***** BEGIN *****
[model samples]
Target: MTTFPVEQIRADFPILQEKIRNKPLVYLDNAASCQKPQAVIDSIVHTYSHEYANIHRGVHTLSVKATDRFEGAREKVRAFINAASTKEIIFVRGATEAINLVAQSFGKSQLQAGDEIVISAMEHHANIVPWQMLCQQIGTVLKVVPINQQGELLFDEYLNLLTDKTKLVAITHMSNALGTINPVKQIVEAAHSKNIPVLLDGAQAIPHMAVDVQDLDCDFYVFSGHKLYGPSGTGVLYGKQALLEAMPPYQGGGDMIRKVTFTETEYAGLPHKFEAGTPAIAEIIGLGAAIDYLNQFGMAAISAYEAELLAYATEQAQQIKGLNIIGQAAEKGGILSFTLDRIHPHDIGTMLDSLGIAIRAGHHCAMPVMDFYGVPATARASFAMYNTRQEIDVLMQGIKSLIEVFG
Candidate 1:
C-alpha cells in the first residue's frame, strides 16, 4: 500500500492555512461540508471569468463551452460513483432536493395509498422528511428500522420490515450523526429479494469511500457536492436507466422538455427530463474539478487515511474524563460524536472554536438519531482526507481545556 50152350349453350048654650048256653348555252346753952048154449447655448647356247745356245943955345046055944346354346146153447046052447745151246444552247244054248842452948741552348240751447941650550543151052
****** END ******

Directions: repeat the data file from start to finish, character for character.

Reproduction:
[model samples]
Target: MTTFPVEQIRADFPILQEKIRNKPLVYLDNAASCQKPQAVIDSIVHTYSHEYANIHRGVHTLSVKATDRFEGAREKVRAFINAASTKEIIFVRGATEAINLVAQSFGKSQLQAGDEIVISAMEHHANIVPWQMLCQQIGTVLKVVPINQQGELLFDEYLNLLTDKTKLVAITHMSNALGTINPVKQIVEAAHSKNIPVLLDGAQAIPHMAVDVQDLDCDFYVFSGHKLYGPSGTGVLYGKQALLEAMPPYQGGGDMIRKVTFTETEYAGLPHKFEAGTPAIAEIIGLGAAIDYLNQFGMAAISAYEAELLAYATEQAQQIKGLNIIGQAAEKGGILSFTLDRIHPHDIGTMLDSLGIAIRAGHHCAMPVMDFYGVPATARASFAMYNTRQEIDVLMQGIKSLIEVFG
Candidate 1:
C-alpha cells in the first residue's frame, strides 16, 4: 500500500492555512461540508471569468463551452460513483432536493395509498422528511428500522420490515450523526429479494469511500457536492436507466422538455427530463474539478487515511474524563460524536472554536438519531482526507481545556 50152350349453350048654650048256653348555252346753952048154449447655448647356247745356245943955345046055944346354346146153447046052447745151246444552247244054248842452948741552348240751447941650550543151052